Using Peer Review with Greek EFL College Students
Peer review fosters student critical thinking and self-evaluation (Wood and Kurzel 2008). Numerous studies show that peer review is effective in improving student writing (Althauser and Darnall 2001, Bean 2011), and that it benefits the students receiving as well as those giving the feedback (van den Berg, Admiraal and Pilot 2006). However, these issues have not been greatly researched in Greece. Greek culture bestows great authority to the teacher and students are not accustomed to peer feedback.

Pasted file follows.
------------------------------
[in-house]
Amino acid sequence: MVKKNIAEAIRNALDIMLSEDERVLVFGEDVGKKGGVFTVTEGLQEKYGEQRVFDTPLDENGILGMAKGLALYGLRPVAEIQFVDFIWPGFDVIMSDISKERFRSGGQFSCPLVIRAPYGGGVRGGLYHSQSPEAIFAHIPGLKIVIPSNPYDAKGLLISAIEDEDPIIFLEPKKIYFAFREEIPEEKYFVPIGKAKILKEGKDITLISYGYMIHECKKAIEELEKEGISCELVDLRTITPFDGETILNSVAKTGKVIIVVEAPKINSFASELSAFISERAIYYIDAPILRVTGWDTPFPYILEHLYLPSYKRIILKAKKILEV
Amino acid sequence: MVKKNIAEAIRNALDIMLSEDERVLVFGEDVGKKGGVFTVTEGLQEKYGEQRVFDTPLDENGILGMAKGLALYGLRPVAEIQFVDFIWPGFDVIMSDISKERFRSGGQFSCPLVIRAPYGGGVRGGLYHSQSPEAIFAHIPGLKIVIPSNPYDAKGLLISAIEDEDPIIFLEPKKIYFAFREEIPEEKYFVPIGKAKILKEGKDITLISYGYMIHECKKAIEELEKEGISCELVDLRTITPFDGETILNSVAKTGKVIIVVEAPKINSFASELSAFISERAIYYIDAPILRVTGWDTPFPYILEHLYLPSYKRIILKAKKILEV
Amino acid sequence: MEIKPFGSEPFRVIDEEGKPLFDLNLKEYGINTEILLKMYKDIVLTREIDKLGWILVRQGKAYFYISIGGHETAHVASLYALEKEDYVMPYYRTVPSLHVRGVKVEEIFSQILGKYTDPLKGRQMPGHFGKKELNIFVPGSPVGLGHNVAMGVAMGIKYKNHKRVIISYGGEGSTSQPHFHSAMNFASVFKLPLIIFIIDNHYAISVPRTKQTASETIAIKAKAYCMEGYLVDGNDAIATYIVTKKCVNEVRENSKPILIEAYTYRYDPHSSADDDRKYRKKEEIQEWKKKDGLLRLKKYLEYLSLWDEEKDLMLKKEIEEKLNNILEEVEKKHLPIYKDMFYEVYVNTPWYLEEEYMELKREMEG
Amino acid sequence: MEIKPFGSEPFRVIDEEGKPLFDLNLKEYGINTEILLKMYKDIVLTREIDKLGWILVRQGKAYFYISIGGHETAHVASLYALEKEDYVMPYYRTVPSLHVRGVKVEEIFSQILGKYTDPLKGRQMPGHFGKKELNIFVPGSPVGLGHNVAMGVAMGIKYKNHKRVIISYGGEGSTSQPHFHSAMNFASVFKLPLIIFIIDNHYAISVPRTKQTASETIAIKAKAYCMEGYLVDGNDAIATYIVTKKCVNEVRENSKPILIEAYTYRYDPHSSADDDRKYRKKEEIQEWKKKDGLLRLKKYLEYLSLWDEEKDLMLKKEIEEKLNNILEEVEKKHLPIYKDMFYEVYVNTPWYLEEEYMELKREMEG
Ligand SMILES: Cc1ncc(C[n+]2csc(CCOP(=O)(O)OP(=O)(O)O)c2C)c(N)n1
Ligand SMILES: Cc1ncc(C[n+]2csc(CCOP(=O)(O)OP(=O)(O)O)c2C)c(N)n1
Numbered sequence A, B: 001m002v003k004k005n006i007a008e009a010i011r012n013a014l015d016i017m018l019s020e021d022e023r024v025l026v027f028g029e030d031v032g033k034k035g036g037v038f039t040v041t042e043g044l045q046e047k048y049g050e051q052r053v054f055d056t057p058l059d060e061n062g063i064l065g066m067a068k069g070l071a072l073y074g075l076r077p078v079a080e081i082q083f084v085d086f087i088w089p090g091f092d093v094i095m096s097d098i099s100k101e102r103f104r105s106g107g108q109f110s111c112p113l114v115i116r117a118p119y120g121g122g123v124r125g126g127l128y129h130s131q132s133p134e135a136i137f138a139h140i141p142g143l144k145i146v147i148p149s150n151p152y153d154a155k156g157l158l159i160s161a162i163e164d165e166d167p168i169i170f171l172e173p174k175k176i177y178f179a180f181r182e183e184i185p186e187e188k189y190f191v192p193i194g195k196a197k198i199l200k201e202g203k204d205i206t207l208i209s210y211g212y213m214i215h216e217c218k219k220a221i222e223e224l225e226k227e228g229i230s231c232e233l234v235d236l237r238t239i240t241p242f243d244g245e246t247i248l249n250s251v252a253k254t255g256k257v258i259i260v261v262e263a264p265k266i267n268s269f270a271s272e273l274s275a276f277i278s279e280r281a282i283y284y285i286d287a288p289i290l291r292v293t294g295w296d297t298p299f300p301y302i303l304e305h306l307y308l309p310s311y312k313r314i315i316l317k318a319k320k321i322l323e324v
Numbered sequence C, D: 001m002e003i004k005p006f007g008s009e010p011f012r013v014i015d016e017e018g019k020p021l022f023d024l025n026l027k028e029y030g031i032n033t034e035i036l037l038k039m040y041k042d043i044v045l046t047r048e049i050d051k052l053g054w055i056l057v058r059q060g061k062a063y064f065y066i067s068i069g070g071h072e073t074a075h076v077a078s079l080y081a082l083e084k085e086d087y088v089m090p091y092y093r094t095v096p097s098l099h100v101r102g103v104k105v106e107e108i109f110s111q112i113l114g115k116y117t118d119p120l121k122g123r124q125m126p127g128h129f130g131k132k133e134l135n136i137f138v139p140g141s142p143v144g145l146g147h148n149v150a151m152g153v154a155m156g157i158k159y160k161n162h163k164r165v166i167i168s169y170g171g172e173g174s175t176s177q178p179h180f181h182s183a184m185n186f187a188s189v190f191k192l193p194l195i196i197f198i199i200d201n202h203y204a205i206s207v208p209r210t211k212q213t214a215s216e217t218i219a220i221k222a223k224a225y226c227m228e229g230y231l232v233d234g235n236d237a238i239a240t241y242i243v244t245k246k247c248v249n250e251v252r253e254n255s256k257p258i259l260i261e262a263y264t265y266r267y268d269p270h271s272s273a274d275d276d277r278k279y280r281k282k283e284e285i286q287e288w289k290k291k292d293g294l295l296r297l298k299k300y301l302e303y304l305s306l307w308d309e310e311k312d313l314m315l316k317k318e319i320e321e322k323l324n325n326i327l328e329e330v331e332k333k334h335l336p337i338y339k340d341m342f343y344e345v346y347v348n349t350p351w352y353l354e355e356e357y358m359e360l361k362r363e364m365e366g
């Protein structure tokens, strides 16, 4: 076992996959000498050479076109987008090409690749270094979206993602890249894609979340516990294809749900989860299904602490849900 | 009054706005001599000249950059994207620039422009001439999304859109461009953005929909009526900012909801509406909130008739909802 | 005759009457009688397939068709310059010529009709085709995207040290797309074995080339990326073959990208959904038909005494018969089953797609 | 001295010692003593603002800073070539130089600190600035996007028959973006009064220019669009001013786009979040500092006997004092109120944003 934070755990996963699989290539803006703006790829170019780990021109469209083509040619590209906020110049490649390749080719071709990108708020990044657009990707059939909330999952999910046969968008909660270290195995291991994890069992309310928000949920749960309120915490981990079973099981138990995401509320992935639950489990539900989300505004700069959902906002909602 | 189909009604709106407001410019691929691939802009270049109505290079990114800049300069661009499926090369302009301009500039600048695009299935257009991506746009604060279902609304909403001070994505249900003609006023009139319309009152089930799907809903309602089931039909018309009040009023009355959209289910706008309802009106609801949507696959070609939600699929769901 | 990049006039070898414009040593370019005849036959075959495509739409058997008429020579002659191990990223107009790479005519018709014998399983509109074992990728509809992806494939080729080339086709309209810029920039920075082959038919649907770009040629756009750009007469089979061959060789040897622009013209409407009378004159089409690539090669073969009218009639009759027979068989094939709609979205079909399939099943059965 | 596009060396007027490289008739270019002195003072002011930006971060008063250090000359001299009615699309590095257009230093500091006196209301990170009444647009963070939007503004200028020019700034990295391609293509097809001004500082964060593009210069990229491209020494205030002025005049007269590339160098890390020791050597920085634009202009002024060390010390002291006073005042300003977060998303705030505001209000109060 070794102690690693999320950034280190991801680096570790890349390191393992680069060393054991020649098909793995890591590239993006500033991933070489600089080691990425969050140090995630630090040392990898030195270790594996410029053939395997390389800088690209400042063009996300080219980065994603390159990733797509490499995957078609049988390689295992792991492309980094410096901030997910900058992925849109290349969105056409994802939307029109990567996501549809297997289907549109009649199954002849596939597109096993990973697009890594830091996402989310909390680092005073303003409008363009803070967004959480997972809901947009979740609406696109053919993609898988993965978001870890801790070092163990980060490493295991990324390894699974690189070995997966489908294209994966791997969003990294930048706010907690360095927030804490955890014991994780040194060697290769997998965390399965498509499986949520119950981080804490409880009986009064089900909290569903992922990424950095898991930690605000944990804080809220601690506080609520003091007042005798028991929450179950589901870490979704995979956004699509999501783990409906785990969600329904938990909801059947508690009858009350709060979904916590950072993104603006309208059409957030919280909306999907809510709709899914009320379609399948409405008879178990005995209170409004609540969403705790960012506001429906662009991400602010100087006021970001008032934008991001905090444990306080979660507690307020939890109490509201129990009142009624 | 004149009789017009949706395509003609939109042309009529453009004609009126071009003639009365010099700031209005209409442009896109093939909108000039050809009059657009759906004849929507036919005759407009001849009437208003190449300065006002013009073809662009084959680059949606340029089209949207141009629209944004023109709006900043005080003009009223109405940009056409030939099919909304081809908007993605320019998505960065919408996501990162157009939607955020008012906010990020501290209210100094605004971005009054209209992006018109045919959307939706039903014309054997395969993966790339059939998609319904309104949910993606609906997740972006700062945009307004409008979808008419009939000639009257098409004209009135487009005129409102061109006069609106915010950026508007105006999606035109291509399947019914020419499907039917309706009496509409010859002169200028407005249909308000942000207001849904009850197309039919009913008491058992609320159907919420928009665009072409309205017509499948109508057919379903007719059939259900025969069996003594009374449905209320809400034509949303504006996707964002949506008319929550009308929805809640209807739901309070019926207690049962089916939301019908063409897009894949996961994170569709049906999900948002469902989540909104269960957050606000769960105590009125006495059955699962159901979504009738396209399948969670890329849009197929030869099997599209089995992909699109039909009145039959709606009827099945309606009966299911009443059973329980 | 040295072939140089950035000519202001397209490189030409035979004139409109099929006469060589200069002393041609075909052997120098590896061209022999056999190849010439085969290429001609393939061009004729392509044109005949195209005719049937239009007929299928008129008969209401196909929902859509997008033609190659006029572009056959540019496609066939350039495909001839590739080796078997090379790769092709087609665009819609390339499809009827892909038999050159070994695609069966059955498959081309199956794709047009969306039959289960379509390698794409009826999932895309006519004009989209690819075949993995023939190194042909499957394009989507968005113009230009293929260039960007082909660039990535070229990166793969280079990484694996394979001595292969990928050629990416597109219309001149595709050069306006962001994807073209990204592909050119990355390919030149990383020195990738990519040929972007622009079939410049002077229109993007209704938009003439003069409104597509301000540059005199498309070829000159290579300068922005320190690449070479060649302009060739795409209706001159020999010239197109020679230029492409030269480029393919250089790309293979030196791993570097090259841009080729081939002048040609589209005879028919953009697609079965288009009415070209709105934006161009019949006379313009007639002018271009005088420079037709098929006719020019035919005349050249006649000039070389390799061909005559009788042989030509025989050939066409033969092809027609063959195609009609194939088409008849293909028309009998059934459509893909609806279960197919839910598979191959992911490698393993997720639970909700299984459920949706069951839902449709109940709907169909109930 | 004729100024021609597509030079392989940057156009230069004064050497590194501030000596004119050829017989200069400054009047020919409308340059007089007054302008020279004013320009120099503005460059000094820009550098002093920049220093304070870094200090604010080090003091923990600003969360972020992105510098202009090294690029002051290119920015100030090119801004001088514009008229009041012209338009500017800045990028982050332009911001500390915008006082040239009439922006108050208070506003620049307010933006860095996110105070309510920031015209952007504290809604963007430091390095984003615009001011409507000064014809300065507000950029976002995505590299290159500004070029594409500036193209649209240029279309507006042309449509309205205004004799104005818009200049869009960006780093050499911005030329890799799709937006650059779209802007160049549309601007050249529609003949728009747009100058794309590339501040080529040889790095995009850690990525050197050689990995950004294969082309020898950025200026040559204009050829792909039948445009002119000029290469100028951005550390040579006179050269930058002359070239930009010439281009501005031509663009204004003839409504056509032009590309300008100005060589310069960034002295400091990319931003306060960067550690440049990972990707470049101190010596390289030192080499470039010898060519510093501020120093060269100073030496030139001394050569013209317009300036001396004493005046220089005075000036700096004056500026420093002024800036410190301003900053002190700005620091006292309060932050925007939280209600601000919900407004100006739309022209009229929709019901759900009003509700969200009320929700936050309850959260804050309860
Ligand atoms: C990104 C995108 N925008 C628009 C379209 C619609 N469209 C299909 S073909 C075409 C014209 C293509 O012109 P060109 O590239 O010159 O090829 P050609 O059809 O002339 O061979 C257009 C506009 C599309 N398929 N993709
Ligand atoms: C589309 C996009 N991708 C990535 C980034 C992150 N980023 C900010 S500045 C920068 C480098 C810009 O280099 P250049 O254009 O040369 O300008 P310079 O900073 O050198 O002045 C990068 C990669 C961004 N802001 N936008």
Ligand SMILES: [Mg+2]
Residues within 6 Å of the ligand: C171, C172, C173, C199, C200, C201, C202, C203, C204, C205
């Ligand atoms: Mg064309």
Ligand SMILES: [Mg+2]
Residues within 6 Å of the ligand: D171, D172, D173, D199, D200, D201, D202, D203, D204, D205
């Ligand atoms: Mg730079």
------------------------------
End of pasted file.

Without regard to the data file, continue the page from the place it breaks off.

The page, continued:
I have embarked on a small-scale, exploratory, classroom-based study conducted at Deree - The American College of Greece where English is the medium of instruction. Data include first and revised drafts of three academic writing assignments, written peer comments, and learner reflections on the peer reviewing experience. To further explore student attitudes toward peer review, I also administered an online questionnaire. Initial quantitative and qualitative analyses reveal (a) in general student reviewers and reviewees alike accept peer review as an appropriate pedagogical activity; (b) students revise their writing taking into account peer feedback and (c) as reviewers, students were not more critical in giving feedback when doing peer review anonymously. Preliminary results are interpreted with an understanding of the limitations of the ongoing study.
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